Lord Butterwell had placed it on a black velvet cushion atop a marble plinth. It was much bigger than a hen’s egg, though not so big as he’d imagined. Fine red scales covered its surface, shining bright as jewels by the light of lamps and candles. Dunk dropped the dwarf and picked up the egg, just to feel it for a moment. It was heavier than he’d expected. You could smash a man’s head with this, and never crack the shell. The scales were smooth beneath his fingers, and the deep, rich red seemed to shimmer as he turned the egg in his hands. Blood and flame, he thought, but there were gold flecks in it as well, and whorls of midnight black.

  “Here, you! What do you think you’re doing, ser?” A knight he did not know was glaring at him, a big man with a coal-black beard and boils, but it was the voice that made him blink; a deep voice, thick with anger. It was him, the man with Peake, Dunk realized, as the man said, “Put that down. I’ll thank you to keep your greasy fingers off His Lordship’s treasures, or by the Seven, you shall wish you had.”

  The other knight was not near so drunk as Dunk, so it seemed wise to do as he said. He put the egg back on its pillow, very carefully, and wiped his fingers on his sleeve. “I meant no harm, ser.” Dunk the lunk, thick as a castle wall. Then he shoved past the man with the black beard and out the door.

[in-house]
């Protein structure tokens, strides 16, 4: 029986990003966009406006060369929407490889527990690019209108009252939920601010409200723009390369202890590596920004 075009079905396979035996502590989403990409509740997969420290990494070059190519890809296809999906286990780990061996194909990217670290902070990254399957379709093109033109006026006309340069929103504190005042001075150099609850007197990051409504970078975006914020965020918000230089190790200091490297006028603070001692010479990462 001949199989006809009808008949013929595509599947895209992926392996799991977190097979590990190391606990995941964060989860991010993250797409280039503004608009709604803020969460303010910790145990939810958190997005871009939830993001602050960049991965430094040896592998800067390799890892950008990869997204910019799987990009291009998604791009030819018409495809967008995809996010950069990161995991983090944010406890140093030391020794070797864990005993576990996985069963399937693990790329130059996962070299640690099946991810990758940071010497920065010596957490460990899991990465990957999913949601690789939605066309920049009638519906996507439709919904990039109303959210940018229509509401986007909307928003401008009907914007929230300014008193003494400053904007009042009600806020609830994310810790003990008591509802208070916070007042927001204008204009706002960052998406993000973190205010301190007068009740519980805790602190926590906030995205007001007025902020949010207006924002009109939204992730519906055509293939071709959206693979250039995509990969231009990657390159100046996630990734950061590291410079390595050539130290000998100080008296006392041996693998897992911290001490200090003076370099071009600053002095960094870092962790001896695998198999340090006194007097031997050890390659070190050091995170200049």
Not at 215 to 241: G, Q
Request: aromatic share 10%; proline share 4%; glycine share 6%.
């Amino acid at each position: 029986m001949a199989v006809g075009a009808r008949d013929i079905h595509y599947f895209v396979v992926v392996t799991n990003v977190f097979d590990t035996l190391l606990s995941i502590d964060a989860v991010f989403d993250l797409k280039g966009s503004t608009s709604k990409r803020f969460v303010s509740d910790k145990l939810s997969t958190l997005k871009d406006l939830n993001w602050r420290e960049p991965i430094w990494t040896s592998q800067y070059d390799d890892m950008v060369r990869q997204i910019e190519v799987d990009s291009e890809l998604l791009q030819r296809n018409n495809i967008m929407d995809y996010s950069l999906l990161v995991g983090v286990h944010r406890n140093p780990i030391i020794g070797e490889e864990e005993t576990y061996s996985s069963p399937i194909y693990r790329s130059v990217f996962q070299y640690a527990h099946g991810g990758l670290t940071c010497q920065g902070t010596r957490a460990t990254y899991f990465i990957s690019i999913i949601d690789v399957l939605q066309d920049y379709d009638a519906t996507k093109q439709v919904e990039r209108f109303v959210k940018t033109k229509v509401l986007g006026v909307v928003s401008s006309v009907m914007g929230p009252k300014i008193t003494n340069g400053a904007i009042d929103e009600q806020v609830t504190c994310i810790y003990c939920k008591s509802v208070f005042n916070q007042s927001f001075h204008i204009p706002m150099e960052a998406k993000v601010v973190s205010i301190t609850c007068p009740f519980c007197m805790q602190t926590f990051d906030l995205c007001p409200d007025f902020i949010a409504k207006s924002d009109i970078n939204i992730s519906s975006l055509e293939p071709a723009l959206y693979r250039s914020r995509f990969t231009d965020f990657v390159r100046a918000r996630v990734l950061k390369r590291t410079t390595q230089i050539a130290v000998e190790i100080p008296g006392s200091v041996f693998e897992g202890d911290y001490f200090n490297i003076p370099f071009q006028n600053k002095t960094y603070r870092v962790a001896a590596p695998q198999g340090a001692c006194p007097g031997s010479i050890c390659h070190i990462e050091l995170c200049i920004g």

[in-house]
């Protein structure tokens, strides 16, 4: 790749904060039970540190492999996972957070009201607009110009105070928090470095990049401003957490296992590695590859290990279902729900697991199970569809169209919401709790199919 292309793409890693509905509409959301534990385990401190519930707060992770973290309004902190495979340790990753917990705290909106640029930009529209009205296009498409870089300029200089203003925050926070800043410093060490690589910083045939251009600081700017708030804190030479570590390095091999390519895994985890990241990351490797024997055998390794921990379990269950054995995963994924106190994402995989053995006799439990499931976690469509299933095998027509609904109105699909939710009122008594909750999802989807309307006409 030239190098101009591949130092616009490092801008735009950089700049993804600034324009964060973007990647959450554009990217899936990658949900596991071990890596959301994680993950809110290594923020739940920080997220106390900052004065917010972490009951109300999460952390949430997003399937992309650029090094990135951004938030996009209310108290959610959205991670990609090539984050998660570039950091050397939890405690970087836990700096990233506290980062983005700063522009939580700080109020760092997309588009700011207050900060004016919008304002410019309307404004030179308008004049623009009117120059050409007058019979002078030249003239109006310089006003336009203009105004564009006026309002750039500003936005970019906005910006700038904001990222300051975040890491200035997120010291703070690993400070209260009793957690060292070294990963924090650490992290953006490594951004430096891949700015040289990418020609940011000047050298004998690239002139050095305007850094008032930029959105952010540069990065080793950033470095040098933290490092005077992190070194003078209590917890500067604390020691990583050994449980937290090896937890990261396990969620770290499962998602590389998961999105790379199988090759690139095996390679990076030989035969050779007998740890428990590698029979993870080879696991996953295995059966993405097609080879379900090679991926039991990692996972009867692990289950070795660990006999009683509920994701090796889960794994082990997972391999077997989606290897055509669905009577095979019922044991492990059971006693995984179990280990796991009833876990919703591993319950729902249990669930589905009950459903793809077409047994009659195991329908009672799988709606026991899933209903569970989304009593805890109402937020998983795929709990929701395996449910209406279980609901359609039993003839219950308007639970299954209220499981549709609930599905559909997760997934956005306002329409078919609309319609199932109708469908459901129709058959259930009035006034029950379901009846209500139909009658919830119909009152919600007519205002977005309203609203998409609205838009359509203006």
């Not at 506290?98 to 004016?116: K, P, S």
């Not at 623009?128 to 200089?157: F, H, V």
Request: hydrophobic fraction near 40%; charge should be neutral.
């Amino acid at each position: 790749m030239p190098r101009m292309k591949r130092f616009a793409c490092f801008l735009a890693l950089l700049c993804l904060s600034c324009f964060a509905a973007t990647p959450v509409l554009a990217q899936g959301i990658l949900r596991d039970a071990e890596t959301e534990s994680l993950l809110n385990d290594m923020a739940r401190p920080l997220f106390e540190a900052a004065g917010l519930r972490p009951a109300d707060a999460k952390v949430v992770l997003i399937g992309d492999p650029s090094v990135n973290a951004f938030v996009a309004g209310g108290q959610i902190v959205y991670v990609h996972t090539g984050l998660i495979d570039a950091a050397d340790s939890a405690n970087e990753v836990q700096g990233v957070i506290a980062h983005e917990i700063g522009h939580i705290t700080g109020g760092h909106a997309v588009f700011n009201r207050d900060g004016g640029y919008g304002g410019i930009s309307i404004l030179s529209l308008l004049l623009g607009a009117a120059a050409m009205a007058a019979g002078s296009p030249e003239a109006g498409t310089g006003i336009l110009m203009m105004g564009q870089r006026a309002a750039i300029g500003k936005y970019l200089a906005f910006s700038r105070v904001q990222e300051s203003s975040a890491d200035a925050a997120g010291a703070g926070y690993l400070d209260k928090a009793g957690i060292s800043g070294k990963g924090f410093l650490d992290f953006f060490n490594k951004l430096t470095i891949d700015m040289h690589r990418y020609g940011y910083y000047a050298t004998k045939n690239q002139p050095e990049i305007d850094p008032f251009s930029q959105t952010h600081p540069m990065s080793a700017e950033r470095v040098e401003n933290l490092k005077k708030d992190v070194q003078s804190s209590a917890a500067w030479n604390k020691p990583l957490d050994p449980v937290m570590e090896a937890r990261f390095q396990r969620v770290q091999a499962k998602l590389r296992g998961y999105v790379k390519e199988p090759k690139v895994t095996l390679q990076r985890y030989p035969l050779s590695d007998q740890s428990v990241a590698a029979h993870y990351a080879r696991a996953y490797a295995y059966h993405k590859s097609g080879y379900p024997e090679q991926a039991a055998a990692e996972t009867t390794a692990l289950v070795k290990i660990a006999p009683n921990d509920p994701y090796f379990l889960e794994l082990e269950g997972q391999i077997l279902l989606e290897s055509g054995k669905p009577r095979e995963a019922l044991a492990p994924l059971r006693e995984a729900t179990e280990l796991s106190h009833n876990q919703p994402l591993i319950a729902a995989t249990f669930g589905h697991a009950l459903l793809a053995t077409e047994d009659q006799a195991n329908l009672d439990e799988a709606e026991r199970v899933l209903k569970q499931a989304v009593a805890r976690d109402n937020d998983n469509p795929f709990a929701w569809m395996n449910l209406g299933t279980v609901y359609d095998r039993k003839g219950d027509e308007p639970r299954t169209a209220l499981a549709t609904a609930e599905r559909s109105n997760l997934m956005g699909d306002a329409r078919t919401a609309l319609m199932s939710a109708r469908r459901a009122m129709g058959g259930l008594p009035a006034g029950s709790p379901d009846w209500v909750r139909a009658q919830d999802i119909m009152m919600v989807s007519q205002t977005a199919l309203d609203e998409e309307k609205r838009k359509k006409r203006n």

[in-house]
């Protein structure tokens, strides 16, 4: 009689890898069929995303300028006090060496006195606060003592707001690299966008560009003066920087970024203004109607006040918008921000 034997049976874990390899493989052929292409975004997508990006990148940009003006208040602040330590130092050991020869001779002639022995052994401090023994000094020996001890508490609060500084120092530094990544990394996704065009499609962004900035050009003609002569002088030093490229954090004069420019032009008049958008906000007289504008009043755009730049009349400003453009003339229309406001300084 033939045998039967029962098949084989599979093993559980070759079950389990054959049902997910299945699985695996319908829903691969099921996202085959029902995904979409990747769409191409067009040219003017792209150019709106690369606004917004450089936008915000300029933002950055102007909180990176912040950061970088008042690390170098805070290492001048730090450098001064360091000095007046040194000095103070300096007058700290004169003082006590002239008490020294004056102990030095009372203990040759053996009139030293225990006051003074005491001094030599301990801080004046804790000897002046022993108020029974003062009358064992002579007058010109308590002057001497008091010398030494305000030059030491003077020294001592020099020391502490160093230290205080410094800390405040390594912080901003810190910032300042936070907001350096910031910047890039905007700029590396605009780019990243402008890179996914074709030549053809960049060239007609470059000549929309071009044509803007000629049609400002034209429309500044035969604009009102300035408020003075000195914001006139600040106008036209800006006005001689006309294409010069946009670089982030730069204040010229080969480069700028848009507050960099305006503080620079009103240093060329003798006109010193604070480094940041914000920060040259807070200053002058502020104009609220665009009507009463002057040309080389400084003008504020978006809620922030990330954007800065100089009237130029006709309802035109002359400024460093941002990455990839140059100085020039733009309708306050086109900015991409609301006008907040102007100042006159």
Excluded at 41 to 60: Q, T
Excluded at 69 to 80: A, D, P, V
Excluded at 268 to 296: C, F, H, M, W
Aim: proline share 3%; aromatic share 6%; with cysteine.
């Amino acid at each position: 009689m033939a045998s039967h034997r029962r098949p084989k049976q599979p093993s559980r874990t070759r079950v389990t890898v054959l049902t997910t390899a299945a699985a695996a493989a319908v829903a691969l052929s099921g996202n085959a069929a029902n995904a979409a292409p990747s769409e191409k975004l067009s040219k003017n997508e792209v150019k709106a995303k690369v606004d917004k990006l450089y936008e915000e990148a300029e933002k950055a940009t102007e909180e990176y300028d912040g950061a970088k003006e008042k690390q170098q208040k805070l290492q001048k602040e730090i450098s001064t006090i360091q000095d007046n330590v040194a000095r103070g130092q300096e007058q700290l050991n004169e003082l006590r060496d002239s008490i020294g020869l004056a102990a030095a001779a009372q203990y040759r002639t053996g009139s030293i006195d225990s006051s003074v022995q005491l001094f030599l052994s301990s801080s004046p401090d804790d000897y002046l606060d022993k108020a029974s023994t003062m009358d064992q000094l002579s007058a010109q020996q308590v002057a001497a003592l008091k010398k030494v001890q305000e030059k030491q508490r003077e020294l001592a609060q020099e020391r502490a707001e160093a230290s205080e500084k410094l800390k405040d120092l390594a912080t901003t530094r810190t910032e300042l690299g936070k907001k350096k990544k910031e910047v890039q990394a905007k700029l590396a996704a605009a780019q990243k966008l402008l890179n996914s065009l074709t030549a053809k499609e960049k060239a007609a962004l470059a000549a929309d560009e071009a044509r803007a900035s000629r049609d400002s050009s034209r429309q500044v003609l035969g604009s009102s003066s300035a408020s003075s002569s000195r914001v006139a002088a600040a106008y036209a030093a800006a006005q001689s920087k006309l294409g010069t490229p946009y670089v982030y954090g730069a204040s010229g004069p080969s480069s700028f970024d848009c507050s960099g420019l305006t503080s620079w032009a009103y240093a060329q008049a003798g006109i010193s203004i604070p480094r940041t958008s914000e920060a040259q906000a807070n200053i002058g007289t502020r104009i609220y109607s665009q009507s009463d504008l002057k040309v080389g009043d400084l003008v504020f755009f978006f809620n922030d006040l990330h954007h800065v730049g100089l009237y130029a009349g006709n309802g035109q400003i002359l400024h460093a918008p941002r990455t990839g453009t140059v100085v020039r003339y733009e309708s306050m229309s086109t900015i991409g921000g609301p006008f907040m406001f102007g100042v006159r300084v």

There were noises in the stairwell, glad shouts and girlish laughter. The women were bringing Lord Butterwell to his bride. Dunk had no wish to encounter them, so he went up instead of down, and found himself on the tower roof beneath the stars, with the pale castle glimmering in the moonlight all around him.

  He was feeling dizzy from the wine, so he leaned against a parapet. Am I going to be sick? Why did he go and touch the dragon’s egg? He remembered Tanselle’s puppet show, and the wooden dragon that had started all the trouble there at Ashford. The memory made Dunk feel guilty, as it always did. Three good men dead, to save a hedge knights foot. It made no sense, and never had. Take a lesson from that, lunk. It is not for the likes of you to mess about with dragons or their eggs.

  “It almost looks as if it’s made of snow.”